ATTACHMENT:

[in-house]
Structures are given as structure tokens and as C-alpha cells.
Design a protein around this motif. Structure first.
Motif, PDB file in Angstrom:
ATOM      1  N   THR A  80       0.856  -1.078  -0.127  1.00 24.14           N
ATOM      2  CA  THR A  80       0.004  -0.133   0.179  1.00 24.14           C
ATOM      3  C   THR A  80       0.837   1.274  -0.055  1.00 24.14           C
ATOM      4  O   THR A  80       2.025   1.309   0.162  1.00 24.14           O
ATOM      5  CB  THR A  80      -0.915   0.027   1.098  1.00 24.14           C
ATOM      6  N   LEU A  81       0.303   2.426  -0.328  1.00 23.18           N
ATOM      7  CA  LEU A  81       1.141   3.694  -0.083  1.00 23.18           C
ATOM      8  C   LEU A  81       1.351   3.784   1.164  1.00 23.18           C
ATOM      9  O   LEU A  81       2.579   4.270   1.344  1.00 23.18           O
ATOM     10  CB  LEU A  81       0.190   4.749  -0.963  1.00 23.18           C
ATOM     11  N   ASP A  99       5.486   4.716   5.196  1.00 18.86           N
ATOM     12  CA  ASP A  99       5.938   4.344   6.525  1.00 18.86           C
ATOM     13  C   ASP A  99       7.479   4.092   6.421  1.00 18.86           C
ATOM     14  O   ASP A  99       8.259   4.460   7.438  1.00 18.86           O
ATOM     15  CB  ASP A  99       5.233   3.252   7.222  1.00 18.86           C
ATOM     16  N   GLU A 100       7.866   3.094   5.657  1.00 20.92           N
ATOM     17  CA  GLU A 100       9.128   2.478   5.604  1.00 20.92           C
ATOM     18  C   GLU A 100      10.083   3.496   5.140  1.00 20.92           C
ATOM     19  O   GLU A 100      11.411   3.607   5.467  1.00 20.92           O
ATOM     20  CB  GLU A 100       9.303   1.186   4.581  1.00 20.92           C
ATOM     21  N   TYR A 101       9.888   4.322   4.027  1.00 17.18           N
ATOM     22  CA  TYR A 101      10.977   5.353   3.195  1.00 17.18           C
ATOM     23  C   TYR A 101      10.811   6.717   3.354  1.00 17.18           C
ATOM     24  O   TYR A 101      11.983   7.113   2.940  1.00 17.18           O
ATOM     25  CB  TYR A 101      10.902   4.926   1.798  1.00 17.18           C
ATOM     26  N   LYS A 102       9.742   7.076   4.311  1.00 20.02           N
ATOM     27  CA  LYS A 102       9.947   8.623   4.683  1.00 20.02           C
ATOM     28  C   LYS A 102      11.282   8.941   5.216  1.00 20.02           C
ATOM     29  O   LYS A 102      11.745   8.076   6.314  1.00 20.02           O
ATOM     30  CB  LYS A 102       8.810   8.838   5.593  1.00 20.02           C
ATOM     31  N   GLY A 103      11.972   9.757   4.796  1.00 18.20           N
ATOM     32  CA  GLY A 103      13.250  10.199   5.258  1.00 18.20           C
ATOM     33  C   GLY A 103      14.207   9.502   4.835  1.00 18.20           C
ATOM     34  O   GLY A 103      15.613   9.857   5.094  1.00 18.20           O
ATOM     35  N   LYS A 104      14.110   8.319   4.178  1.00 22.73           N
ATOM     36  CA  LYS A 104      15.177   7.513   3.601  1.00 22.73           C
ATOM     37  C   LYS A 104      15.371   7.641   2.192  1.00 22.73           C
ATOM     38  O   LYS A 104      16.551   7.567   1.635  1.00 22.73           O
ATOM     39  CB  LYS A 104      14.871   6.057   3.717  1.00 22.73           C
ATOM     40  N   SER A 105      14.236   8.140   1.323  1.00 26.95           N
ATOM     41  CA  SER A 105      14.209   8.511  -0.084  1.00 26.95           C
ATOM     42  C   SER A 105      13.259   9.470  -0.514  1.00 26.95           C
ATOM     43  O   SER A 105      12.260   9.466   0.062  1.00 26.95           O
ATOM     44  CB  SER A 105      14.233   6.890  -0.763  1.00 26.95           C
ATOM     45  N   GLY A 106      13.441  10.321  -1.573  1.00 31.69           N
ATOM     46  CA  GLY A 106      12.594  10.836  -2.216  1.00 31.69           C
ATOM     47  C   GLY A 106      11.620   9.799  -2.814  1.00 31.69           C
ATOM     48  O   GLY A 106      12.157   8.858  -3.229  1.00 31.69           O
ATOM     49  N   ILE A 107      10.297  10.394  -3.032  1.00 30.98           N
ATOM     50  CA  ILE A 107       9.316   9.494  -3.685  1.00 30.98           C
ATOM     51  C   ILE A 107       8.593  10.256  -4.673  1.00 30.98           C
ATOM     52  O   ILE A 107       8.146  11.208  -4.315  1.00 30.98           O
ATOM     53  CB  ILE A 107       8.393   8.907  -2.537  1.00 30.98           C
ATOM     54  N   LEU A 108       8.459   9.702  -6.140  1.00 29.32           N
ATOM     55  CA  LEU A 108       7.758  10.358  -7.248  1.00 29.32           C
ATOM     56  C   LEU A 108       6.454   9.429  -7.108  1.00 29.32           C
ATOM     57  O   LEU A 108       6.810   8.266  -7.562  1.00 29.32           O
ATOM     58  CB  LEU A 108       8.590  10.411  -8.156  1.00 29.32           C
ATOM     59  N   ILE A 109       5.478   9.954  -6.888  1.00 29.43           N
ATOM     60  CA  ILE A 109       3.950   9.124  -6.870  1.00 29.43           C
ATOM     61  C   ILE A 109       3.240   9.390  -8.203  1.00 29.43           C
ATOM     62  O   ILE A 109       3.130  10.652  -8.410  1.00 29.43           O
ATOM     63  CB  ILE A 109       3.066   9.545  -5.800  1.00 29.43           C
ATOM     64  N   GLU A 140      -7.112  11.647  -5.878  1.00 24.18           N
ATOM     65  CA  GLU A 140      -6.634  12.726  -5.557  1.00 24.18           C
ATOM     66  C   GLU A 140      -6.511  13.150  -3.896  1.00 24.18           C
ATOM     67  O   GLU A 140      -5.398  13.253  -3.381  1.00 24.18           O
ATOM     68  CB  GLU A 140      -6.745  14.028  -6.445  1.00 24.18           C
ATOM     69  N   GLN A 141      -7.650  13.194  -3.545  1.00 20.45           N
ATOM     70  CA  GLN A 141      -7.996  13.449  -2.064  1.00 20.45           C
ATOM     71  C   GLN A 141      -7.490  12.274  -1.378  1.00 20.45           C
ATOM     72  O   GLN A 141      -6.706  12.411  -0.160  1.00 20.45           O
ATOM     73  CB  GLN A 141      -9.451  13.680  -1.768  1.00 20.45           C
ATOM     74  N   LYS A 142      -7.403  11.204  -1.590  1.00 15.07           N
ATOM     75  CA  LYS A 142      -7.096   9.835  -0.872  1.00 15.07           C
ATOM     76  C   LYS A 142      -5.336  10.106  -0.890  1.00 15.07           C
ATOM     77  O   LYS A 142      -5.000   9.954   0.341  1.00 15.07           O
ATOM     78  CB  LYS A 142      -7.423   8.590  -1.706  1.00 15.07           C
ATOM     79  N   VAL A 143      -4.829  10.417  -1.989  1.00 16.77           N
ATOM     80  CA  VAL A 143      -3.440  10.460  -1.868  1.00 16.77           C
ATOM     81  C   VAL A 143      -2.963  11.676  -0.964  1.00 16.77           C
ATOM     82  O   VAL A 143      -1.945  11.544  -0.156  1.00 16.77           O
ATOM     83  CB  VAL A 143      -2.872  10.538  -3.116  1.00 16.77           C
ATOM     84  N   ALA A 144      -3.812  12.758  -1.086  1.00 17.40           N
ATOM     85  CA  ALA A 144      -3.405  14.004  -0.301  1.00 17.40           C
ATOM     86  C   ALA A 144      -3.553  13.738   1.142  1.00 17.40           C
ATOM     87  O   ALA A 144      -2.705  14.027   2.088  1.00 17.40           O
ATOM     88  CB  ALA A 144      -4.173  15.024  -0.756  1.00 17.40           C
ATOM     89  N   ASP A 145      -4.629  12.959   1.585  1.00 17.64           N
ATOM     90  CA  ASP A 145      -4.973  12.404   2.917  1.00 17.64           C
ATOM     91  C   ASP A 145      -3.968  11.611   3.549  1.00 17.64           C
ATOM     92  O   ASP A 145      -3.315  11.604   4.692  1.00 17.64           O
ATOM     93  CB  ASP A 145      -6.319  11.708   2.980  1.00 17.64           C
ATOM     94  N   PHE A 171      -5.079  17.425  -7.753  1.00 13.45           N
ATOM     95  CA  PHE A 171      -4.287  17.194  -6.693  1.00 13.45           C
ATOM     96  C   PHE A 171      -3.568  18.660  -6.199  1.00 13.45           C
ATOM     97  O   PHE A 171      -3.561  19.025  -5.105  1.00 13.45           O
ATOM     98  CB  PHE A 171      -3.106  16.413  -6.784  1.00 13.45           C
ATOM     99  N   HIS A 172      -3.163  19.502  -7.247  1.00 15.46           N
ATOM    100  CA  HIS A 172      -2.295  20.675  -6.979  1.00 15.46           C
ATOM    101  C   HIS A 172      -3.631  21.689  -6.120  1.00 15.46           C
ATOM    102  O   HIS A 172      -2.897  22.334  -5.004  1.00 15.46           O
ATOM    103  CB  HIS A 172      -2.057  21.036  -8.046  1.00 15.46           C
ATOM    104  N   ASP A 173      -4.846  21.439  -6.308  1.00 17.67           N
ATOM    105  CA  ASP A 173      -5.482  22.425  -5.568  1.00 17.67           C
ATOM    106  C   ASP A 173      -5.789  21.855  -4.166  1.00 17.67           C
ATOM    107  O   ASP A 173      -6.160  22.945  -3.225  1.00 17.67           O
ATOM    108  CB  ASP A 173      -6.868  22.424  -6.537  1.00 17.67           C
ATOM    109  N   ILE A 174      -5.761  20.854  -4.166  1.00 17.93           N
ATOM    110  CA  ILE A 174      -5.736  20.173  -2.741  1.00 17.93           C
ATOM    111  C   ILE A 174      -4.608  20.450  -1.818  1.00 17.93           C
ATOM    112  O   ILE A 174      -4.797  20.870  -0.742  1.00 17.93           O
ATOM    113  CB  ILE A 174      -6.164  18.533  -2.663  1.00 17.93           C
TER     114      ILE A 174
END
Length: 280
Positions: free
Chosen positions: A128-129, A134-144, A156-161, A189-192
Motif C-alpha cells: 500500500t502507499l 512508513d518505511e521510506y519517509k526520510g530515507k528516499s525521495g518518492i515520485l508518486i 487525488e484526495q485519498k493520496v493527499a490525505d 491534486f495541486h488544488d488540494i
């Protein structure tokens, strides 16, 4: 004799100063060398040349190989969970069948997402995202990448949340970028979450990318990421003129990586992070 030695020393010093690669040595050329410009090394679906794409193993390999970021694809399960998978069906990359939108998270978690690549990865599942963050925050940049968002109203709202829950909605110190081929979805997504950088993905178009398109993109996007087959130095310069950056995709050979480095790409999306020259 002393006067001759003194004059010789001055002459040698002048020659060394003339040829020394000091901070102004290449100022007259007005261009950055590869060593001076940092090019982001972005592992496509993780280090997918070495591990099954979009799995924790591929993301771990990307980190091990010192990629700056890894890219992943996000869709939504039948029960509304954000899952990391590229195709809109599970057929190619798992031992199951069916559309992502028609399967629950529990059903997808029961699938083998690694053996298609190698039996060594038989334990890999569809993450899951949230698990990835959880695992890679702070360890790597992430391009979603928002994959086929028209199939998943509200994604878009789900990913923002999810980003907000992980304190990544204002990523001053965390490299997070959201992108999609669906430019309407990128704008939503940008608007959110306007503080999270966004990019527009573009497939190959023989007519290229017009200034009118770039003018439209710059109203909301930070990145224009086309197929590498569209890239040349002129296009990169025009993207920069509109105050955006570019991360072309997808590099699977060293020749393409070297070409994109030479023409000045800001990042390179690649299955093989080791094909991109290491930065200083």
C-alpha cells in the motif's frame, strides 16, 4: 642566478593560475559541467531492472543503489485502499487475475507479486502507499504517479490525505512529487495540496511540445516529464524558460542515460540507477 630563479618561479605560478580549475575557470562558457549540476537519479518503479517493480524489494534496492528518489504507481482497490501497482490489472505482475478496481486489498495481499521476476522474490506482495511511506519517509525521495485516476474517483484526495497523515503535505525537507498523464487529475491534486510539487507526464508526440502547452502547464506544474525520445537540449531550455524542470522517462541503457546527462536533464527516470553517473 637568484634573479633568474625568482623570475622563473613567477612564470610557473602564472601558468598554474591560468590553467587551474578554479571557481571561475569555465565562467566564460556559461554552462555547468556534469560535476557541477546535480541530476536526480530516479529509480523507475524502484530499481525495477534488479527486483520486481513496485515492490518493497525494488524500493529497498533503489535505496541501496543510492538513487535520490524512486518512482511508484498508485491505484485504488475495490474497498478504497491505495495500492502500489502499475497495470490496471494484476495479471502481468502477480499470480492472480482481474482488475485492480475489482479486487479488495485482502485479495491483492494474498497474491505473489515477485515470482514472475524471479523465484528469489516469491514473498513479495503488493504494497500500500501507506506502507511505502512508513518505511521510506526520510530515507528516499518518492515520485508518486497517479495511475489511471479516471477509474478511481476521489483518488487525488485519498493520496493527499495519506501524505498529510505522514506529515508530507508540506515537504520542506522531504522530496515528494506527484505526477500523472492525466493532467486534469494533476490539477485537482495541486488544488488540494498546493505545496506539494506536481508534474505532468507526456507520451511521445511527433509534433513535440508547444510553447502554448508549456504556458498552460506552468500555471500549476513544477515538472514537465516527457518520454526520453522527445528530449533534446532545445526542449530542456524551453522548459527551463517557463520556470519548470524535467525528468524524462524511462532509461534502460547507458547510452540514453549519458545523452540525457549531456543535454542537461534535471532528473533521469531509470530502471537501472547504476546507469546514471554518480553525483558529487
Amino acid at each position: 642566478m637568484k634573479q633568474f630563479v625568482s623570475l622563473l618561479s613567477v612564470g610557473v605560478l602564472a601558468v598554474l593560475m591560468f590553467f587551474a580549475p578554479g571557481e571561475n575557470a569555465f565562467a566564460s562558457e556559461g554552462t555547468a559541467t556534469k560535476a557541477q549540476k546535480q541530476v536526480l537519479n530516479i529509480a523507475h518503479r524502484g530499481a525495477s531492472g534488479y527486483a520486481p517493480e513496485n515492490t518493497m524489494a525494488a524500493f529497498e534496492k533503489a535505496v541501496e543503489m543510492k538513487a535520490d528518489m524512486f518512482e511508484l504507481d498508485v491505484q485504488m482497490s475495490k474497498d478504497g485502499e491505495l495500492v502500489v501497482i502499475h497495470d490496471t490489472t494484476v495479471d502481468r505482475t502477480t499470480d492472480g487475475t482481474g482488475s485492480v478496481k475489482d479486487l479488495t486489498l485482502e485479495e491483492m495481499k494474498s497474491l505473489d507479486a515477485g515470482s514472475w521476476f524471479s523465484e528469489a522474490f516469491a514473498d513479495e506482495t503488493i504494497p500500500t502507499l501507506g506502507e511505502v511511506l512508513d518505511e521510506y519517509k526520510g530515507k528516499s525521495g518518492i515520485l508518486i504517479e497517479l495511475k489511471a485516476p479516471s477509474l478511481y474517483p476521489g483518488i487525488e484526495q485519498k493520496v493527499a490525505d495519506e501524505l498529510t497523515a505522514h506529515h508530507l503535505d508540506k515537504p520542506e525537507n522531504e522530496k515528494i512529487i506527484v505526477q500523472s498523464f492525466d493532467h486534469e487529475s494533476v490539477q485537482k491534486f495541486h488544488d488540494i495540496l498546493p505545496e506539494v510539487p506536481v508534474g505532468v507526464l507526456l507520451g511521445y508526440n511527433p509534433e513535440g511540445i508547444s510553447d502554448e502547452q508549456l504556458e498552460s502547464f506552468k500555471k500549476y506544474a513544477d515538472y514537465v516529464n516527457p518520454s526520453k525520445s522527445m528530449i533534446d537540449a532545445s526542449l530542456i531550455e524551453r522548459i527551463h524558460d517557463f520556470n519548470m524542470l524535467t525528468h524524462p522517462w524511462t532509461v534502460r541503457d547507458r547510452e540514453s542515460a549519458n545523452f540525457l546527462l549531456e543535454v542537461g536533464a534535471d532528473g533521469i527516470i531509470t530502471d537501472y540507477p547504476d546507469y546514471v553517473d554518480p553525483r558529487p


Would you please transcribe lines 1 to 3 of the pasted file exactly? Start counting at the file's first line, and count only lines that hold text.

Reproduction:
[in-house]
Structures are given as structure tokens and as C-alpha cells.
Design a protein around this motif. Structure first.